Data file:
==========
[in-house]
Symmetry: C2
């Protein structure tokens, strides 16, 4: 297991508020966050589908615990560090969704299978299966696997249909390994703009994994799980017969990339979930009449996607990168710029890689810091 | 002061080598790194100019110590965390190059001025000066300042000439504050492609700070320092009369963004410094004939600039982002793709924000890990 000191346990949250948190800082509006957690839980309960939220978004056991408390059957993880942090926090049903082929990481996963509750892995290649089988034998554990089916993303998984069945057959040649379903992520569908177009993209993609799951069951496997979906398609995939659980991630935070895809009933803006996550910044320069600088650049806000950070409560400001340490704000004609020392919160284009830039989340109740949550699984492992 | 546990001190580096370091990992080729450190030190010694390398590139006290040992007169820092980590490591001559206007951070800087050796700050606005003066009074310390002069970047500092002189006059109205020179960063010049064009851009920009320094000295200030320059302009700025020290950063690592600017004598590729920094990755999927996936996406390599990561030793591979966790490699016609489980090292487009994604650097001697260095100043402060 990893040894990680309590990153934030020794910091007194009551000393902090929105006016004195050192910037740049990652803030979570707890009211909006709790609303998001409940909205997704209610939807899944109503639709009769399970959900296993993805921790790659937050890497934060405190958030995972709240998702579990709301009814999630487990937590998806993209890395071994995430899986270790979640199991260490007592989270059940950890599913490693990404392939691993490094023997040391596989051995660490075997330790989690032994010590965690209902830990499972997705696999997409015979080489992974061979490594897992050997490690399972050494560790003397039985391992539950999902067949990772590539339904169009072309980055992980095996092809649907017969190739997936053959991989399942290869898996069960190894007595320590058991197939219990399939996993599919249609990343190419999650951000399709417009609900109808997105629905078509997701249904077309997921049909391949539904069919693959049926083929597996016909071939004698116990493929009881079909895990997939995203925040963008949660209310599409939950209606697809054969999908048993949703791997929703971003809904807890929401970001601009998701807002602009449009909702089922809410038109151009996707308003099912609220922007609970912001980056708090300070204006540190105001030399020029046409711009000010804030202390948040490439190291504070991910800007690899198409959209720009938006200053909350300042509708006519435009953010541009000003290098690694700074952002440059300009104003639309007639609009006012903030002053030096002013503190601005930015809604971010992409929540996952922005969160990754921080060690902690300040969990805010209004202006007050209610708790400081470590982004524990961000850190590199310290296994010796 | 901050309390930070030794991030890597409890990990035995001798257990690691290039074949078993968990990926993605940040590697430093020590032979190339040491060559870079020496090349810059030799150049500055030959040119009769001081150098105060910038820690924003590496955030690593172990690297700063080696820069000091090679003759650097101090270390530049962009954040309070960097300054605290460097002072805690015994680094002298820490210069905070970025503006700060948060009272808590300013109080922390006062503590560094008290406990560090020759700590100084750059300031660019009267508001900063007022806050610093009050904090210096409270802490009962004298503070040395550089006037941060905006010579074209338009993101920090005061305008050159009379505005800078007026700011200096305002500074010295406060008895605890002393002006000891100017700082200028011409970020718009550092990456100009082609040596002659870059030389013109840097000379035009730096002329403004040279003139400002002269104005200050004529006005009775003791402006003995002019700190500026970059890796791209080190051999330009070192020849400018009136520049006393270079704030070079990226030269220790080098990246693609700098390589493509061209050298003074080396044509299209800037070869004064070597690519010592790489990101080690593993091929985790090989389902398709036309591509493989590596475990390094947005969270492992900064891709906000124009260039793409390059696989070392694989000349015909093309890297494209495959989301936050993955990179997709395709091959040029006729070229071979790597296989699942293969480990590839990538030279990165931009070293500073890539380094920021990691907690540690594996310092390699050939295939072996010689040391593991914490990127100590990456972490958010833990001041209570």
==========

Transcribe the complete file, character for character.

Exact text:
[in-house]
Symmetry: C2
């Protein structure tokens, strides 16, 4: 297991508020966050589908615990560090969704299978299966696997249909390994703009994994799980017969990339979930009449996607990168710029890689810091 | 002061080598790194100019110590965390190059001025000066300042000439504050492609700070320092009369963004410094004939600039982002793709924000890990 000191346990949250948190800082509006957690839980309960939220978004056991408390059957993880942090926090049903082929990481996963509750892995290649089988034998554990089916993303998984069945057959040649379903992520569908177009993209993609799951069951496997979906398609995939659980991630935070895809009933803006996550910044320069600088650049806000950070409560400001340490704000004609020392919160284009830039989340109740949550699984492992 | 546990001190580096370091990992080729450190030190010694390398590139006290040992007169820092980590490591001559206007951070800087050796700050606005003066009074310390002069970047500092002189006059109205020179960063010049064009851009920009320094000295200030320059302009700025020290950063690592600017004598590729920094990755999927996936996406390599990561030793591979966790490699016609489980090292487009994604650097001697260095100043402060 990893040894990680309590990153934030020794910091007194009551000393902090929105006016004195050192910037740049990652803030979570707890009211909006709790609303998001409940909205997704209610939807899944109503639709009769399970959900296993993805921790790659937050890497934060405190958030995972709240998702579990709301009814999630487990937590998806993209890395071994995430899986270790979640199991260490007592989270059940950890599913490693990404392939691993490094023997040391596989051995660490075997330790989690032994010590965690209902830990499972997705696999997409015979080489992974061979490594897992050997490690399972050494560790003397039985391992539950999902067949990772590539339904169009072309980055992980095996092809649907017969190739997936053959991989399942290869898996069960190894007595320590058991197939219990399939996993599919249609990343190419999650951000399709417009609900109808997105629905078509997701249904077309997921049909391949539904069919693959049926083929597996016909071939004698116990493929009881079909895990997939995203925040963008949660209310599409939950209606697809054969999908048993949703791997929703971003809904807890929401970001601009998701807002602009449009909702089922809410038109151009996707308003099912609220922007609970912001980056708090300070204006540190105001030399020029046409711009000010804030202390948040490439190291504070991910800007690899198409959209720009938006200053909350300042509708006519435009953010541009000003290098690694700074952002440059300009104003639309007639609009006012903030002053030096002013503190601005930015809604971010992409929540996952922005969160990754921080060690902690300040969990805010209004202006007050209610708790400081470590982004524990961000850190590199310290296994010796 | 901050309390930070030794991030890597409890990990035995001798257990690691290039074949078993968990990926993605940040590697430093020590032979190339040491060559870079020496090349810059030799150049500055030959040119009769001081150098105060910038820690924003590496955030690593172990690297700063080696820069000091090679003759650097101090270390530049962009954040309070960097300054605290460097002072805690015994680094002298820490210069905070970025503006700060948060009272808590300013109080922390006062503590560094008290406990560090020759700590100084750059300031660019009267508001900063007022806050610093009050904090210096409270802490009962004298503070040395550089006037941060905006010579074209338009993101920090005061305008050159009379505005800078007026700011200096305002500074010295406060008895605890002393002006000891100017700082200028011409970020718009550092990456100009082609040596002659870059030389013109840097000379035009730096002329403004040279003139400002002269104005200050004529006005009775003791402006003995002019700190500026970059890796791209080190051999330009070192020849400018009136520049006393270079704030070079990226030269220790080098990246693609700098390589493509061209050298003074080396044509299209800037070869004064070597690519010592790489990101080690593993091929985790090989389902398709036309591509493989590596475990390094947005969270492992900064891709906000124009260039793409390059696989070392694989000349015909093309890297494209495959989301936050993955990179997709395709091959040029006729070229071979790597296989699942293969480990590839990538030279990165931009070293500073890539380094920021990691907690540690594996310092390699050939295939072996010689040391593991914490990127100590990456972490958010833990001041209570």